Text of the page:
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(Last updated 5/29/02)

Previous stories pertaining to Professor Moody's research:

"Entrepreneurial Women Must Extend Their Networks Beyond Family," 3/15/01.

"'The Electronic Small World Project' Aims To Find How E-Mail Connects People Worldwide," 11/18/01.

STUDENTS IN RACIALLY DIVERSE SCHOOLS MORE LIKELY TO FORM SEGREGATED FRIENDSHIPS, STUDY FINDS

COLUMBUS, Ohio - A racially diverse student body in American high schools may not lead to more friendships between students of different races, according to a new national study.

Results showed teens tend to choose same-race friends, even as the opportunity to choose friends from different races increases.

However, school practices regarding academic tracking, extracurricular activities and student mixing by grade can help promote friendships among students of different races, the research found.


"On average, the odds of a teen naming someone of the same race as a friend were about twice the odds of naming a friend from a different race."


The study suggests that schools interested in promoting substantive racial integration should encourage activities that help students of different races work together, said James Moody, author of the study and assistant professor of sociology at Ohio State University.

"True integration takes more than just having people of different races in a school," Moody said. "What really matters isn't the mix of students as much as what the schools do with the mix of students."

The study appears in the current issue of the American Journal of Sociology.

Moody said that schools should try to ensure that extracurricular activities include students from all races; that students aren't "tracked" into separate academic programs based on race; and that grade levels are segregated so students are more likely to mix with students from their own grade.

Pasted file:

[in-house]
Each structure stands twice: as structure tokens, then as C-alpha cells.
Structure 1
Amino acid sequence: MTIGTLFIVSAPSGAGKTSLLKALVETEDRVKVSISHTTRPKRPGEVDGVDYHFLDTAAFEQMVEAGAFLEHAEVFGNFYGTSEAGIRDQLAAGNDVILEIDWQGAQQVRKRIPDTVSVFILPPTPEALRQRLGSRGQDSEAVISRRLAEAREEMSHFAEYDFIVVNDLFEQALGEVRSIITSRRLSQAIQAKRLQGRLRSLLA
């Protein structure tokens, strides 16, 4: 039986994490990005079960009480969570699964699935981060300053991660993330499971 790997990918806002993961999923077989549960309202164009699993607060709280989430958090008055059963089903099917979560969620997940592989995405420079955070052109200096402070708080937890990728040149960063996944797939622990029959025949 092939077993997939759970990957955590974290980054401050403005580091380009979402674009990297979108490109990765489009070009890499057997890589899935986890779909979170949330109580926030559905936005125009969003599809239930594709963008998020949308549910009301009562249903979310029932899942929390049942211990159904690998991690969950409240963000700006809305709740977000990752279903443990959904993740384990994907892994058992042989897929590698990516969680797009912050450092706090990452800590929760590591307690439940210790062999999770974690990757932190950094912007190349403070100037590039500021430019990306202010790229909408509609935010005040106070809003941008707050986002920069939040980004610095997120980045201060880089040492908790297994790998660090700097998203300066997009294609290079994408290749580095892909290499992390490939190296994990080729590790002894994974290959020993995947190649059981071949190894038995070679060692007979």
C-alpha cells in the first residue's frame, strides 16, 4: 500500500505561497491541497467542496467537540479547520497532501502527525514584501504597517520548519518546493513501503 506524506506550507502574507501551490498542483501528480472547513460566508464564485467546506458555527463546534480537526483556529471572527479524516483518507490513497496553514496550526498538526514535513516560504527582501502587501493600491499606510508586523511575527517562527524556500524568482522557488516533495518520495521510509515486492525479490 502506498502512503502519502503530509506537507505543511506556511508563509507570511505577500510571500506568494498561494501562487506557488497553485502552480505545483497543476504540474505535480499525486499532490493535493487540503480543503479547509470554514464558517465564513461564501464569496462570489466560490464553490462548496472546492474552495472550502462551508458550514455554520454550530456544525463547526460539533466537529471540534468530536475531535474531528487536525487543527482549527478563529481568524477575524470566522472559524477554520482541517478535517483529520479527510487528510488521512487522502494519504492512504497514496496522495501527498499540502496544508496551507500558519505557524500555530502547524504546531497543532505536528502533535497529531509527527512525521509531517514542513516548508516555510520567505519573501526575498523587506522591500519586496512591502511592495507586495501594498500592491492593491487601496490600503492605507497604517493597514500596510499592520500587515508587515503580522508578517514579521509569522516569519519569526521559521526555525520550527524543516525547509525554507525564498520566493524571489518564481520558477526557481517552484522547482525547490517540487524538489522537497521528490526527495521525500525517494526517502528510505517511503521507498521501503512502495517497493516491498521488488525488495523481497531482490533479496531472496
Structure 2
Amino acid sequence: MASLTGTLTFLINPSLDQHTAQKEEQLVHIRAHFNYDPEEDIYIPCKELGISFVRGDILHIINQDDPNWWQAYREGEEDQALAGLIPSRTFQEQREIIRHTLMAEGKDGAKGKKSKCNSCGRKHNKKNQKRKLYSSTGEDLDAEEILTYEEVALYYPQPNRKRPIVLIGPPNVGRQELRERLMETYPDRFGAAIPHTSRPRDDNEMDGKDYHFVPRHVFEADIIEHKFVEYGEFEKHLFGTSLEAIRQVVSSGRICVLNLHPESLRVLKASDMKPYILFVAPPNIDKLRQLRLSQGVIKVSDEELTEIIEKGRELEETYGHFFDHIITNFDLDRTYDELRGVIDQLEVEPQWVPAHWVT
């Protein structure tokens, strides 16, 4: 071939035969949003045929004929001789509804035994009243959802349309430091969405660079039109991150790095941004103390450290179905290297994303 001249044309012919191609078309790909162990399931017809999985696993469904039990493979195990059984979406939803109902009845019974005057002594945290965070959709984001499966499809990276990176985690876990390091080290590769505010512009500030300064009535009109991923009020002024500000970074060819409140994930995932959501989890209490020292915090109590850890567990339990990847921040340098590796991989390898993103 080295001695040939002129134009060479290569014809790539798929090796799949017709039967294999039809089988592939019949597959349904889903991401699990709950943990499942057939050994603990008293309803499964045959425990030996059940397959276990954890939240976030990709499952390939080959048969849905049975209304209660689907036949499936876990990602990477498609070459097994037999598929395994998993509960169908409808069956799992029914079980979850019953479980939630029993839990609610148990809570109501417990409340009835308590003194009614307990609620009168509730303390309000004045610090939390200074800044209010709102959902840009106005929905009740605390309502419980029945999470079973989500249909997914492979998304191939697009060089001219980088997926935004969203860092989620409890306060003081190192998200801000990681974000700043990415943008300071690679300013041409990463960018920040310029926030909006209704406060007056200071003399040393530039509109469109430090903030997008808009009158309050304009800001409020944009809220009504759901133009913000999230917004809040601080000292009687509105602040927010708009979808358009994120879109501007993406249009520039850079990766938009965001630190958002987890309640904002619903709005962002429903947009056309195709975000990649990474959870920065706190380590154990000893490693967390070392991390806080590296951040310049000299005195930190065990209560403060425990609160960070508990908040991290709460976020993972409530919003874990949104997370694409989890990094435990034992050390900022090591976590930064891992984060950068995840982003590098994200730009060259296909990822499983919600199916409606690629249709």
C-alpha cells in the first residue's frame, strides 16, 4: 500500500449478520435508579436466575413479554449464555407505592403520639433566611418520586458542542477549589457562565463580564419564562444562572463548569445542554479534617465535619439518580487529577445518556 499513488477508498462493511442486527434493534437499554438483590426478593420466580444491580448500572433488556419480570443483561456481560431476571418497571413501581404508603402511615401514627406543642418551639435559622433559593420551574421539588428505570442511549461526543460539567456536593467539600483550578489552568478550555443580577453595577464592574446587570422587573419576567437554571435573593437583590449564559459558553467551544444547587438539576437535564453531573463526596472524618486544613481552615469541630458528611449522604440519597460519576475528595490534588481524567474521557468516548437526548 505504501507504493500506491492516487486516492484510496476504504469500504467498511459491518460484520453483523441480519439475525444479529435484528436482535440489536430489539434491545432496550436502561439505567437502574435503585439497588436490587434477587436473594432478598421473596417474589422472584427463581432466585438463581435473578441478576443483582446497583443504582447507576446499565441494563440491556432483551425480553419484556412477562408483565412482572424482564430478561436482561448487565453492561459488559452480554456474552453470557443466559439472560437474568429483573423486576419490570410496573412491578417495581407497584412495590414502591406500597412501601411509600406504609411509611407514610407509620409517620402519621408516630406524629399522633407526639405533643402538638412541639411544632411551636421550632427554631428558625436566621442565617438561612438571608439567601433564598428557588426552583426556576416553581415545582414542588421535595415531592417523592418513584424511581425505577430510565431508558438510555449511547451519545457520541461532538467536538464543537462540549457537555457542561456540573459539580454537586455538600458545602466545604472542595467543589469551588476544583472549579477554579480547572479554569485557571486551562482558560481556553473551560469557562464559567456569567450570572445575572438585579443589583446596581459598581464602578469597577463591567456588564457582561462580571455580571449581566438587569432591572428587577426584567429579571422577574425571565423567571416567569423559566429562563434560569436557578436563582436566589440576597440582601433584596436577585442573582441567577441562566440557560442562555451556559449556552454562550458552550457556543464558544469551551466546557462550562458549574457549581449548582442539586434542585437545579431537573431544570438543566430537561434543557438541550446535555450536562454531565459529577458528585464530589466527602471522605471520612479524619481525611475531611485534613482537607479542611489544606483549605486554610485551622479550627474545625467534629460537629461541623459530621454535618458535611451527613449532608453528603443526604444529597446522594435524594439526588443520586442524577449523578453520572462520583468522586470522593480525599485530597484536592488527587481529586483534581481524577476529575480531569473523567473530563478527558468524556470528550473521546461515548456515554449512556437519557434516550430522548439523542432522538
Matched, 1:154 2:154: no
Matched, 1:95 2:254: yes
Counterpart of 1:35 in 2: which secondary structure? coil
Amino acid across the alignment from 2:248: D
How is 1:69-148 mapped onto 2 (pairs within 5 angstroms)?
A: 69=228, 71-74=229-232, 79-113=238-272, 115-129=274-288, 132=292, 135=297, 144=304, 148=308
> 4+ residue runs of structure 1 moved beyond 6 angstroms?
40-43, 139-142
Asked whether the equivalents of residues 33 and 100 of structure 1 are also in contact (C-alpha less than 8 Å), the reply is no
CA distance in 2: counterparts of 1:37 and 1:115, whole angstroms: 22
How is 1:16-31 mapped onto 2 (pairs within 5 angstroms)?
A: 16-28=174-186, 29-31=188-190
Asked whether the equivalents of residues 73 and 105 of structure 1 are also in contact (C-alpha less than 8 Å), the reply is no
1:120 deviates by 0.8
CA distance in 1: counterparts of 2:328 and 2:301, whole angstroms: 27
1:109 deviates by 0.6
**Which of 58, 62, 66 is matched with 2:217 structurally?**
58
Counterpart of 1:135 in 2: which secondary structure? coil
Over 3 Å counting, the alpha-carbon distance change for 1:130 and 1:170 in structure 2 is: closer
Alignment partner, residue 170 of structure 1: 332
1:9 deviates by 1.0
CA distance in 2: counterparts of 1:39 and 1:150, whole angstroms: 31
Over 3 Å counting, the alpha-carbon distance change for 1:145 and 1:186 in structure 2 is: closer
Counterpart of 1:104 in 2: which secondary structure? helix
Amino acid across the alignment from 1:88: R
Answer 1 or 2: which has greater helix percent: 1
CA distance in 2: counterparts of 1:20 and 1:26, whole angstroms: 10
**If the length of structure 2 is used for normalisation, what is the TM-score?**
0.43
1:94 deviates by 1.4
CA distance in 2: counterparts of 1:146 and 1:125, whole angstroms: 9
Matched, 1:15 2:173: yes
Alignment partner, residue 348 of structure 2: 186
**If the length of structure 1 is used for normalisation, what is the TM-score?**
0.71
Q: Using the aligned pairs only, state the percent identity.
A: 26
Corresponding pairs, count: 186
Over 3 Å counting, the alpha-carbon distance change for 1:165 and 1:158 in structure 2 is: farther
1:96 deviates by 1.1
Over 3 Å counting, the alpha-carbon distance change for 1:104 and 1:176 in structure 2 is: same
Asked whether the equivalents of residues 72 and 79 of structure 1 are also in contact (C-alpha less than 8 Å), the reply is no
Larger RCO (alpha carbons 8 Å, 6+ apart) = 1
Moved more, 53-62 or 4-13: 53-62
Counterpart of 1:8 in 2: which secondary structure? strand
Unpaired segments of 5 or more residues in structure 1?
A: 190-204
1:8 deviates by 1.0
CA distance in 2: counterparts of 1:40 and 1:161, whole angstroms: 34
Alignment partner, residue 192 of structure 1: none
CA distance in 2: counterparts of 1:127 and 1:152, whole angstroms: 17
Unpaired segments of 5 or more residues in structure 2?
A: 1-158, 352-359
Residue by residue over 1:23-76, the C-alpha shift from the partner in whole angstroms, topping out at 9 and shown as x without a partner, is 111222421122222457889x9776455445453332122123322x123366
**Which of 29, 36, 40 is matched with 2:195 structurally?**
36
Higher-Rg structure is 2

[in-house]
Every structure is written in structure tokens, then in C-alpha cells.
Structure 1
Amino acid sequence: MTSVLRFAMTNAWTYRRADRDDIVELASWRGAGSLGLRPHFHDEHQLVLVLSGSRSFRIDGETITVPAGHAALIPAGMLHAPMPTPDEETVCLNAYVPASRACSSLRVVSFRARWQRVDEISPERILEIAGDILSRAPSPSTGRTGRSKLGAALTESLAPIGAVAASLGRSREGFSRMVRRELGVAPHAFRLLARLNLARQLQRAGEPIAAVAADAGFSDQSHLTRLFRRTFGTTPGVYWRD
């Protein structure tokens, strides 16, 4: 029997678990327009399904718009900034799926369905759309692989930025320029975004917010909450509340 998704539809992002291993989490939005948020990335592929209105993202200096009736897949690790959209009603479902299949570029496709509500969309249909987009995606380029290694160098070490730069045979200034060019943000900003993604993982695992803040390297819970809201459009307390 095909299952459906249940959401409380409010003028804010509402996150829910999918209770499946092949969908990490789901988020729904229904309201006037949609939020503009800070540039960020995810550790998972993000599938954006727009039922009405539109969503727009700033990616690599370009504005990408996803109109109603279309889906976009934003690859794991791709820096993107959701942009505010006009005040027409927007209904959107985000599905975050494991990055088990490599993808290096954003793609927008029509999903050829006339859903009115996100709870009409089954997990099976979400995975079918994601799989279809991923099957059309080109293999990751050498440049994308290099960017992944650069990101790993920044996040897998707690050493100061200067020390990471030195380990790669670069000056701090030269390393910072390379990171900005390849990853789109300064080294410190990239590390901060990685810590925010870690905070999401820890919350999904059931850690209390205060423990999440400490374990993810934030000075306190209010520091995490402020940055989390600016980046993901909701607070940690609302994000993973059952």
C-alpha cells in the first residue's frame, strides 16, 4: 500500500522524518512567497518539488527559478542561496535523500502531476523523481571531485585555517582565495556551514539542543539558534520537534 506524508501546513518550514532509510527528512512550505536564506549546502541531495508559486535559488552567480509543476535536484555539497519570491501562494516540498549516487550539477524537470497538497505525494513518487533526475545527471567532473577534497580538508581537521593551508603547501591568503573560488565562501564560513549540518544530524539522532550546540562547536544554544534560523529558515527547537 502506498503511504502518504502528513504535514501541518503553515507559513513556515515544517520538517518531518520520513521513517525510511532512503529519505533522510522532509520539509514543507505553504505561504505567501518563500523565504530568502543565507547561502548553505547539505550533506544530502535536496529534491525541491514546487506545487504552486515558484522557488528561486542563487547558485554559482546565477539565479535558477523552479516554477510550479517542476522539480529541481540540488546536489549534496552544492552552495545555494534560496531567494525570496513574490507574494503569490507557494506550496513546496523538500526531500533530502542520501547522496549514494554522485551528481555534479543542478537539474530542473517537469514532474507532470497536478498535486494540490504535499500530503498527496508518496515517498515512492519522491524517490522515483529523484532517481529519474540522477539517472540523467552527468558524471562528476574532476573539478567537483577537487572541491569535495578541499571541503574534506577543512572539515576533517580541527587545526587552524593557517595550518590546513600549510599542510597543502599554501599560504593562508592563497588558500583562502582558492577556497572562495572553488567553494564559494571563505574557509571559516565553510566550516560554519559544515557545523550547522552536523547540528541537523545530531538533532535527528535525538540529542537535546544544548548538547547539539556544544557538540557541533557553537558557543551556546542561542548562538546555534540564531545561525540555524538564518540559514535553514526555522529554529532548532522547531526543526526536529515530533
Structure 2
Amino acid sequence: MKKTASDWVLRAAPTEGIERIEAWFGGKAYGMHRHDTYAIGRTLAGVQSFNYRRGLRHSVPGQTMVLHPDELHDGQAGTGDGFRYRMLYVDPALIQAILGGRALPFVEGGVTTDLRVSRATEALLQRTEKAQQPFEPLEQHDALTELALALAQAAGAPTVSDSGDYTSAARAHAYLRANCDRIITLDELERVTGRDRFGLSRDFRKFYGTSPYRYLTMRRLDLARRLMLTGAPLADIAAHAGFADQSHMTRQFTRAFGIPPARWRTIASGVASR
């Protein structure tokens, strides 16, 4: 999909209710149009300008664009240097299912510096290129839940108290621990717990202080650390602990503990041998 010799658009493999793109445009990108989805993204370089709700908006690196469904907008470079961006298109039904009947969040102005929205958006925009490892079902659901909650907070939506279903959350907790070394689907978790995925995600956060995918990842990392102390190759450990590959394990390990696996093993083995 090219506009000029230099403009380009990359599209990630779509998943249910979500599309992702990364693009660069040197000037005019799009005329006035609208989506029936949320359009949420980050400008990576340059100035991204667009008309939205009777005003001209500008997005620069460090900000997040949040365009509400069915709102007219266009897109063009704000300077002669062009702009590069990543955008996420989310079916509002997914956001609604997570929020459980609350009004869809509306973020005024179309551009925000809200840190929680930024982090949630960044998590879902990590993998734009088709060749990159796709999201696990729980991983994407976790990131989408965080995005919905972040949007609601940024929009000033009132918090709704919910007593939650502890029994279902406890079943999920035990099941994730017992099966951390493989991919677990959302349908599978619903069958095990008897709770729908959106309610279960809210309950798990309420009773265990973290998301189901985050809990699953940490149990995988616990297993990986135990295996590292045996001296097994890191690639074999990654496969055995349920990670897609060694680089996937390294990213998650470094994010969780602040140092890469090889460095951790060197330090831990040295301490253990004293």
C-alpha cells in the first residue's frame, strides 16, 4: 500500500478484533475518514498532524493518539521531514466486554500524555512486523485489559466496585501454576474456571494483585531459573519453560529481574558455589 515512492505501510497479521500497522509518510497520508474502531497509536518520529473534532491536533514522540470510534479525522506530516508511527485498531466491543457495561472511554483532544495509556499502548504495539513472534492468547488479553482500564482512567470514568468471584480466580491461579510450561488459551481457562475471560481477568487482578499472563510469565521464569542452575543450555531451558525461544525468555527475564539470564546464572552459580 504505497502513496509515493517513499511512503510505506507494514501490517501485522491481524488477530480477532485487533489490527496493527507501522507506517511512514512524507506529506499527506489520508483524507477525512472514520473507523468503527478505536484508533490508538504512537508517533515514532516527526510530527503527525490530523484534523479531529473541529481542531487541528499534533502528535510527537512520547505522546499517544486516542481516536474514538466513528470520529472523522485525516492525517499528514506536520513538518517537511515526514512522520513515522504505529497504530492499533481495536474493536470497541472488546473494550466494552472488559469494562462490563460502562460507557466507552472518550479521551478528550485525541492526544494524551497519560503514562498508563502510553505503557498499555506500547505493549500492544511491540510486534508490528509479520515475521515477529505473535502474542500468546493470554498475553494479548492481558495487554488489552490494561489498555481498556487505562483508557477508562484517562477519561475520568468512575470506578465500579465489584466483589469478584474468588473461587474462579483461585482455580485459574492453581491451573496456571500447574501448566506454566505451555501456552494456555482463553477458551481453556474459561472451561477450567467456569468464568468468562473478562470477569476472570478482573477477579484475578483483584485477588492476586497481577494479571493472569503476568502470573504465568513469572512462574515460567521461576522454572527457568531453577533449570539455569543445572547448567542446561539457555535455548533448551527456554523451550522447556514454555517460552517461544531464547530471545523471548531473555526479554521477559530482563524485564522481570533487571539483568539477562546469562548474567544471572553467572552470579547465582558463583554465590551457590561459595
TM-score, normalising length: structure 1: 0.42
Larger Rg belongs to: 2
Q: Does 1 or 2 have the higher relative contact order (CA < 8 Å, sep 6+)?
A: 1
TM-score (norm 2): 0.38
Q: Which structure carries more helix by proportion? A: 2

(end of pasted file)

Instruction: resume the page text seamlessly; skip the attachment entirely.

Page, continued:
This study used National Institutes of Health data from the National Longitudinal Study of Adolescent Health, a survey of adolescents in grades 7 to 12. The study included a representative sample of 130 public and private high schools and middle schools from across the country. In total, 90,118 students completed surveys. Each participant was asked to identify up to 10 friends (five male and five female) from their school and the corresponding middle or high school.

Moody then analyzed the racial composition of these friendship groups and matched the results with various school characteristics and practices.

On average, the odds of a teen naming someone of the same race as a friend were about twice the odds of naming a friend from a different race, after accounting for the number of students of different races in a school and, therefore, the opportunities for cross-race friendship.

The results showed that the likelihood of segregated friendships increased as a school's racial diversity moved from moderately low to moderately high, but declined at the highest levels of diversity.